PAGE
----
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Coronavirus Reverses Initial Favorable Forecasts for Greece

Ermou street, Athens. Photo Source: athensattica.com/

According to Greece’s Stability Program for the 2020-2023 period submitted this week to the European Council and to the Commission, in the worst case scenario Greece could face a recession of 7.9 percent (13.2 percent before the measures) in 2020, with the tourism, transport and shipping sectors to be hit the hardest.

The stability program forecasts public debt rising to 337 billion euros or 188.8 percent of GDP at the end of 2020 from 331 billion euros or 176.6 percent in 2019, and set to return to 2019 levels next year.

According to forecasts, the economy is expected to return to positive growth rates of 5.1 percent in 2021.

In a baseline forecast, taking into account policy response measures, final domestic demand is set to provide a negative contribution of 3 pps to change in GDP.

With regard to domestic demand, real private consumption is estimated to experience the largest contraction, with a negative contribution of 2.7 pps to GDP and a negative growth rate of 4.1 percent, reflecting consumer confidence drop, income losses from business closures or companies running at reduced production levels.

Pre-coronavirus estimates placed growth in Greece at 2-3 percent after a near decade-long economic crisis and stringent austerity measures. Now analysts expect the economy to contract up to 10 percent.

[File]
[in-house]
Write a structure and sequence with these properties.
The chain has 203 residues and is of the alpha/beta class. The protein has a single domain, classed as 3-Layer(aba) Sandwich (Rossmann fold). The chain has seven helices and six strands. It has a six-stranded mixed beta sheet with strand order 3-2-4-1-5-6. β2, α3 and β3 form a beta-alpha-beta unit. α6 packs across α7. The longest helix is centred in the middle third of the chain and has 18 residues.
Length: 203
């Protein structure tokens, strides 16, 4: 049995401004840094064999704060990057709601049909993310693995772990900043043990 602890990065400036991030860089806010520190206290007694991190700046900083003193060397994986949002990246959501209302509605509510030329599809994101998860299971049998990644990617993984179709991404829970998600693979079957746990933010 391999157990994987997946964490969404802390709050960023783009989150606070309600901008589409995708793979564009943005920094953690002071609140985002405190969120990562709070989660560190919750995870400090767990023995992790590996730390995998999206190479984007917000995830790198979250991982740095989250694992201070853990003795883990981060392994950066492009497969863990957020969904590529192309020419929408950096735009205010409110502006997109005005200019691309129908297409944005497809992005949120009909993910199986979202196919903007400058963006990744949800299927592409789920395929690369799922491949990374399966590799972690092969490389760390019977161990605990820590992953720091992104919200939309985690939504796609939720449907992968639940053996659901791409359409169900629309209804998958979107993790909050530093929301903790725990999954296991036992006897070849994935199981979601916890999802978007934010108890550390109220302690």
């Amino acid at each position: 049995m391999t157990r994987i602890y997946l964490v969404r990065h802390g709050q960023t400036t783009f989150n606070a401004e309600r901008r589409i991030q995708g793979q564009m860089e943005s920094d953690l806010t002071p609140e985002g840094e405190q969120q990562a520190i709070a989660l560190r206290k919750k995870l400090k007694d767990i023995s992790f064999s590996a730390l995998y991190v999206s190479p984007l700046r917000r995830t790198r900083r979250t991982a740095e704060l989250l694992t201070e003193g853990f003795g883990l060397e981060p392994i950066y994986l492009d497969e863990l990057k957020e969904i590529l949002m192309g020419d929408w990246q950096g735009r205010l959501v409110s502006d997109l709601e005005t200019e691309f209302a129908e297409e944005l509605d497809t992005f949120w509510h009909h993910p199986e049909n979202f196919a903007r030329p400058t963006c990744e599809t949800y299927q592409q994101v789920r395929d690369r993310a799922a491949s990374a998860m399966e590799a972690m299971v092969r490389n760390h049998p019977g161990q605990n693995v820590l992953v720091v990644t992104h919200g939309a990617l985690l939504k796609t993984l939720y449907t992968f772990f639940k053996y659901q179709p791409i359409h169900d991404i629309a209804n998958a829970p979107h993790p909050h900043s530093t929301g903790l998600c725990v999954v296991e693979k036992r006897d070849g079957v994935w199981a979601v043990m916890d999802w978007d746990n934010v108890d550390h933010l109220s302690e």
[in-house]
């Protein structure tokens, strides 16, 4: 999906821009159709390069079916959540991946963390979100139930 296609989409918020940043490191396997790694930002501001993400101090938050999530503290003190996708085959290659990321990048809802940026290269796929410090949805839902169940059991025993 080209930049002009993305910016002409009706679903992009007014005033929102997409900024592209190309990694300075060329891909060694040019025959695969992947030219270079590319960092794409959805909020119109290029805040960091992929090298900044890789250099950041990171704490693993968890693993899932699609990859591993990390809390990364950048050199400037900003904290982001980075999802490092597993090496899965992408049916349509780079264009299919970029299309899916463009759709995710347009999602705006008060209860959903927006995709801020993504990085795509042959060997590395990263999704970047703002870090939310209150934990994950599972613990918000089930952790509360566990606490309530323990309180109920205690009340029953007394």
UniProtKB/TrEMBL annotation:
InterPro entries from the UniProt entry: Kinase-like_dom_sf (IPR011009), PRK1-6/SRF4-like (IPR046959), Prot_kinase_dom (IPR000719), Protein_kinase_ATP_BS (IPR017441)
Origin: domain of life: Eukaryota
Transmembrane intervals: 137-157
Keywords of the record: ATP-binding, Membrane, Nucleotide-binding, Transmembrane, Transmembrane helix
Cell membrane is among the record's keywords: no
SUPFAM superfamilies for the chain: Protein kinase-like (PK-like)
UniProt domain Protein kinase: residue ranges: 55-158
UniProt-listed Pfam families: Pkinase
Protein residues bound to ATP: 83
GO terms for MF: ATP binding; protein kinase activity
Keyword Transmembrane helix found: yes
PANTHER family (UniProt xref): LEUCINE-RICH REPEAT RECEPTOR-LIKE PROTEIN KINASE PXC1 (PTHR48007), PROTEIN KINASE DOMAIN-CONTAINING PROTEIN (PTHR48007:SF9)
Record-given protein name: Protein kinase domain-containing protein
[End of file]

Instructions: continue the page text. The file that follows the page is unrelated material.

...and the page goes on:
The report goes on to note that the tourism industry is expected to face the biggest losses particularly stronger in the second quarter of the year. Investments in tourism and related trade are set to freeze impacting employment.

Consumer spending has focused on food, pharmaceutical / medical supplies and online shopping with public consumption set to remain positive and increase by 1.0 percent due to this.

Exports are expected to drop by 19.2 percent, imports by 14.2 percent, and investments by 4.6 percent.

Lastly, according to the report, a potentially lasting reduction in salaries and the consequent decline in private consumption combined with tighter fiscal measures may hinder the return to pre-crisis levels and prove to be “extremely unfavorable” risks for the country’s recovery.

“Under these circumstances, the decisions taken at a European level for securing the necessary additional resources to deal with recessionary impact of the crisis will be of great importance,” the report concludes.

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